The new documentary Waking Sleeping Beauty reminds us that Tim Burton used to be an artist for Disney back in the early 1980s. The unmentioned irony, though, is that Burton left over stylistic differences and became one of America's most well-known living filmmakers, only to now be in full cahoots with the studio once again. Last night, news came that Burton's buddy Henry Selick (The Nightmare Before Christmas) has also made a deal to work fully with the Mouse House again. He had been an animator there in the '70s and '80s, and later his first two stop-motion features were distributed by Disney, but this is a much bigger comeback, with him set to helm stop-motion works exclusively under the Pixar brand.
Whether they also left around the time before the Disney Animation renaissance or more recently, the following animators should also be brought back in order for the studio to really have a lock down on the animated feature market.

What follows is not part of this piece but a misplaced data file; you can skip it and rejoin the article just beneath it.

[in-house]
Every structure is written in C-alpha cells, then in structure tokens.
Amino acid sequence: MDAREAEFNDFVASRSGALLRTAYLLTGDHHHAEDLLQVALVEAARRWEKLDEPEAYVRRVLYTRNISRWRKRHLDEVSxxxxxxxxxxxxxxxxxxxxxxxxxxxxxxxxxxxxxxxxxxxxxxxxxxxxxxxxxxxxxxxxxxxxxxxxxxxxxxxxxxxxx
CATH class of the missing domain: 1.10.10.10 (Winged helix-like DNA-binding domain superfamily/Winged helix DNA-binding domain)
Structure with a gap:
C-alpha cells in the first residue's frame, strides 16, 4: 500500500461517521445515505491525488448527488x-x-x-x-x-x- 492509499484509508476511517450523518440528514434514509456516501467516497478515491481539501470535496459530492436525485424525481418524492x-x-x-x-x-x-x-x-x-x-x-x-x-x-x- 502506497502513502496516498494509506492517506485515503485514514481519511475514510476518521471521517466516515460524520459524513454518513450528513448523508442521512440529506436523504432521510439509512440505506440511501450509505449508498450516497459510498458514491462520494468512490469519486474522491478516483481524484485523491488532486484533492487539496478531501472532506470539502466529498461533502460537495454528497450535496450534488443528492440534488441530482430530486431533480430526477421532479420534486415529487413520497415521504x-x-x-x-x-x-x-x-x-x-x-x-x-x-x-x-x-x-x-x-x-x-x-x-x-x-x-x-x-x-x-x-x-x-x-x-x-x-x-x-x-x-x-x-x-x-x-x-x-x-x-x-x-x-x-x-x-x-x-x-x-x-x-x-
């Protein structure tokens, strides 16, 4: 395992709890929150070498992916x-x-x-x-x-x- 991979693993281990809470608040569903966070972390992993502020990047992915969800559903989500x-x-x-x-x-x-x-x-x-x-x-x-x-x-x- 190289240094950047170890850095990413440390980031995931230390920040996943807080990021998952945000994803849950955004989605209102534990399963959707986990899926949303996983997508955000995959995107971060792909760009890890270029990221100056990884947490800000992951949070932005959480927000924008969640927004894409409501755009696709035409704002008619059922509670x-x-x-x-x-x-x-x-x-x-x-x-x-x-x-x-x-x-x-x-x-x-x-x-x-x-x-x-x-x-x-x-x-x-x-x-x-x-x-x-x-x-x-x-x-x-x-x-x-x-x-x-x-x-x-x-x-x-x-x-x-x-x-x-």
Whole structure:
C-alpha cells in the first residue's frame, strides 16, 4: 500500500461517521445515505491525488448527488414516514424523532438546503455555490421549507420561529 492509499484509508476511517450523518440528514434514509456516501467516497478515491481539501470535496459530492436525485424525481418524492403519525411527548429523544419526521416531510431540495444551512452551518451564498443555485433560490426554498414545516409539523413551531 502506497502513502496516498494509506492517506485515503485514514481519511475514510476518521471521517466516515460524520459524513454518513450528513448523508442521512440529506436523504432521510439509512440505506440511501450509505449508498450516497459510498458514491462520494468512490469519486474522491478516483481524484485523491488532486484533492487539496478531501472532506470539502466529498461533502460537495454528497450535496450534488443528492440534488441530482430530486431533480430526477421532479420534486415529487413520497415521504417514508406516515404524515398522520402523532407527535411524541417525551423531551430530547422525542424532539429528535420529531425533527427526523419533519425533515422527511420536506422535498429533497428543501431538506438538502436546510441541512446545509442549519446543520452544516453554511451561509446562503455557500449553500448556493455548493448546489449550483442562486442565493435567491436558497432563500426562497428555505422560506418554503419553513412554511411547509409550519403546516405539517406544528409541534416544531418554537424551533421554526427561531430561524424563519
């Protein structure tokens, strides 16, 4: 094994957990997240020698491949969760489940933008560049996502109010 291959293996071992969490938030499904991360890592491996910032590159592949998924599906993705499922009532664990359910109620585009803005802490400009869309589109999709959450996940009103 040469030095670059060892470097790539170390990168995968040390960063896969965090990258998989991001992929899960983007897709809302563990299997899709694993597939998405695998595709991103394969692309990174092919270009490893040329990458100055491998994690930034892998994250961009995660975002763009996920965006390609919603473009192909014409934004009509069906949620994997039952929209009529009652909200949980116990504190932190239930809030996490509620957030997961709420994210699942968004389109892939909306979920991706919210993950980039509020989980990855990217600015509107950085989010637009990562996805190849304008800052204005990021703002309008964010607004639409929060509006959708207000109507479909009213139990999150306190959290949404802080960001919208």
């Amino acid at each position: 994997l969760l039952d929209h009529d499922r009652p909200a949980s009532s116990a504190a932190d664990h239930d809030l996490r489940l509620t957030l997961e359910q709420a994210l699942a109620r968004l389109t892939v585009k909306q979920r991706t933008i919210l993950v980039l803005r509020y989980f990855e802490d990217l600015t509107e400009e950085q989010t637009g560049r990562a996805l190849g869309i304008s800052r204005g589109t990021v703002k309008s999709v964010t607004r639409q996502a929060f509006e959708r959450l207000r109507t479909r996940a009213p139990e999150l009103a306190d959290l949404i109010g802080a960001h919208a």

Don Bluth - He was a pretty big deal at Disney through the '60s and '70s, and so it was particularly unfortunate to the studio when he quit, taking a number of his favorite co-workers with him, to form his own production company. He went on to make some of the most successful animated films of the '80s through a partnership with producer Steven Spielberg, most of which (An American Tail; The Land Before Time) eclipsed Disney's features from the same period. But Bluth hit a huge downslope after discontinuing his relationship with Spielberg, and even an initially promising deal with Fox Animation ultimately fell short. He hasn't done anything full-length in ten years, since bombing with Titan A.E. Some of this could be that he's now in his 70s, yet he's not exactly retired and continues to do short works. Having left 30 years ago because Disney's films had "lost their charm," perhaps he'd be willing to come back to the new, improved Disney Animation for at least one last masterpiece?